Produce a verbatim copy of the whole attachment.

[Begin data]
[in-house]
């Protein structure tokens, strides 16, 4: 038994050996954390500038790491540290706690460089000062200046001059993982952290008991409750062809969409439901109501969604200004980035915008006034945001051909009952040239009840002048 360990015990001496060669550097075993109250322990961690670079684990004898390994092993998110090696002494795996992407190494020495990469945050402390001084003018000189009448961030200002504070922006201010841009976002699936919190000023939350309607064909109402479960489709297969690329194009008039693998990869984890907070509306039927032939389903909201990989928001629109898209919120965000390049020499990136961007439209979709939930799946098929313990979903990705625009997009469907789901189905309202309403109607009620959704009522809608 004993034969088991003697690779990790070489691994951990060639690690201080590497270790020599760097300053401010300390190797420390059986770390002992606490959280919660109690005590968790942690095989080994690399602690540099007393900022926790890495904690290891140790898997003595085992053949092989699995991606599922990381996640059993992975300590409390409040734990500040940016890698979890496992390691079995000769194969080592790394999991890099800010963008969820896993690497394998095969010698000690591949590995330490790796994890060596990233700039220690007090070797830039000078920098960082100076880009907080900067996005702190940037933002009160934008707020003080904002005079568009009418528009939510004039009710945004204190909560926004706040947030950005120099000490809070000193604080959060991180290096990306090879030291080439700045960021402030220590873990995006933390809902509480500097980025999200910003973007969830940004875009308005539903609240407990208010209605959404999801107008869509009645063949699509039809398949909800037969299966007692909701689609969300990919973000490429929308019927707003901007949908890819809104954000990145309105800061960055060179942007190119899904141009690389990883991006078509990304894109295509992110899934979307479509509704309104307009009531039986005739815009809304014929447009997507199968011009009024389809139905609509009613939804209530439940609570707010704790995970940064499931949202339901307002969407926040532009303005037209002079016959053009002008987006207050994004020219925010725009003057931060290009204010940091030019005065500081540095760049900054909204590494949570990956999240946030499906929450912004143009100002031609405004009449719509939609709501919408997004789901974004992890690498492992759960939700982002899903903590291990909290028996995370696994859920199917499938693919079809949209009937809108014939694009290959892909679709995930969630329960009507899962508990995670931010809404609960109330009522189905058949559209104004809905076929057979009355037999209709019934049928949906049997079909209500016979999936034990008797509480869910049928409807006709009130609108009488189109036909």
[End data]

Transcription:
[in-house]
């Protein structure tokens, strides 16, 4: 038994050996954390500038790491540290706690460089000062200046001059993982952290008991409750062809969409439901109501969604200004980035915008006034945001051909009952040239009840002048 360990015990001496060669550097075993109250322990961690670079684990004898390994092993998110090696002494795996992407190494020495990469945050402390001084003018000189009448961030200002504070922006201010841009976002699936919190000023939350309607064909109402479960489709297969690329194009008039693998990869984890907070509306039927032939389903909201990989928001629109898209919120965000390049020499990136961007439209979709939930799946098929313990979903990705625009997009469907789901189905309202309403109607009620959704009522809608 004993034969088991003697690779990790070489691994951990060639690690201080590497270790020599760097300053401010300390190797420390059986770390002992606490959280919660109690005590968790942690095989080994690399602690540099007393900022926790890495904690290891140790898997003595085992053949092989699995991606599922990381996640059993992975300590409390409040734990500040940016890698979890496992390691079995000769194969080592790394999991890099800010963008969820896993690497394998095969010698000690591949590995330490790796994890060596990233700039220690007090070797830039000078920098960082100076880009907080900067996005702190940037933002009160934008707020003080904002005079568009009418528009939510004039009710945004204190909560926004706040947030950005120099000490809070000193604080959060991180290096990306090879030291080439700045960021402030220590873990995006933390809902509480500097980025999200910003973007969830940004875009308005539903609240407990208010209605959404999801107008869509009645063949699509039809398949909800037969299966007692909701689609969300990919973000490429929308019927707003901007949908890819809104954000990145309105800061960055060179942007190119899904141009690389990883991006078509990304894109295509992110899934979307479509509704309104307009009531039986005739815009809304014929447009997507199968011009009024389809139905609509009613939804209530439940609570707010704790995970940064499931949202339901307002969407926040532009303005037209002079016959053009002008987006207050994004020219925010725009003057931060290009204010940091030019005065500081540095760049900054909204590494949570990956999240946030499906929450912004143009100002031609405004009449719509939609709501919408997004789901974004992890690498492992759960939700982002899903903590291990909290028996995370696994859920199917499938693919079809949209009937809108014939694009290959892909679709995930969630329960009507899962508990995670931010809404609960109330009522189905058949559209104004809905076929057979009355037999209709019934049928949906049997079909209500016979999936034990008797509480869910049928409807006709009130609108009488189109036909």